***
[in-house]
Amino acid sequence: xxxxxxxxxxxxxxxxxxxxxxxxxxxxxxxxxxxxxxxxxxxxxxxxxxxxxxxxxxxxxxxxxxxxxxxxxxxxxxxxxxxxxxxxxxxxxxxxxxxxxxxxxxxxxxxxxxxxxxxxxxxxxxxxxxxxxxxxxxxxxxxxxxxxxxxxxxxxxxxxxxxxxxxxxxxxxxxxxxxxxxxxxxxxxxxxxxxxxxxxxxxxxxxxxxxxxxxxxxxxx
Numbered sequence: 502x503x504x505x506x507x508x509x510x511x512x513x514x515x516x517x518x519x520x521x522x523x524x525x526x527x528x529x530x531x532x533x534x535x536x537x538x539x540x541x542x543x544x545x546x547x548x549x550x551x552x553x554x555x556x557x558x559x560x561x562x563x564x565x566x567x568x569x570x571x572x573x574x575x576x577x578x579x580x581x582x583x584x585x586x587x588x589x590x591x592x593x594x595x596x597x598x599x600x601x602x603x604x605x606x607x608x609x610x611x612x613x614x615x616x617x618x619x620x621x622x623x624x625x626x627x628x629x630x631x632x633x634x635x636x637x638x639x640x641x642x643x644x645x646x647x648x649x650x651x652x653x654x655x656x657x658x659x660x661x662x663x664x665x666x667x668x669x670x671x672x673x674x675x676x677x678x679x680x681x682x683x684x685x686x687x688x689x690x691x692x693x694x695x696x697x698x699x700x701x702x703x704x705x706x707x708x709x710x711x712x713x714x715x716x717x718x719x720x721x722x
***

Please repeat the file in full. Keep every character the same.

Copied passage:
[in-house]
Amino acid sequence: xxxxxxxxxxxxxxxxxxxxxxxxxxxxxxxxxxxxxxxxxxxxxxxxxxxxxxxxxxxxxxxxxxxxxxxxxxxxxxxxxxxxxxxxxxxxxxxxxxxxxxxxxxxxxxxxxxxxxxxxxxxxxxxxxxxxxxxxxxxxxxxxxxxxxxxxxxxxxxxxxxxxxxxxxxxxxxxxxxxxxxxxxxxxxxxxxxxxxxxxxxxxxxxxxxxxxxxxxxxxx
Numbered sequence: 502x503x504x505x506x507x508x509x510x511x512x513x514x515x516x517x518x519x520x521x522x523x524x525x526x527x528x529x530x531x532x533x534x535x536x537x538x539x540x541x542x543x544x545x546x547x548x549x550x551x552x553x554x555x556x557x558x559x560x561x562x563x564x565x566x567x568x569x570x571x572x573x574x575x576x577x578x579x580x581x582x583x584x585x586x587x588x589x590x591x592x593x594x595x596x597x598x599x600x601x602x603x604x605x606x607x608x609x610x611x612x613x614x615x616x617x618x619x620x621x622x623x624x625x626x627x628x629x630x631x632x633x634x635x636x637x638x639x640x641x642x643x644x645x646x647x648x649x650x651x652x653x654x655x656x657x658x659x660x661x662x663x664x665x666x667x668x669x670x671x672x673x674x675x676x677x678x679x680x681x682x683x684x685x686x687x688x689x690x691x692x693x694x695x696x697x698x699x700x701x702x703x704x705x706x707x708x709x710x711x712x713x714x715x716x717x718x719x720x721x722x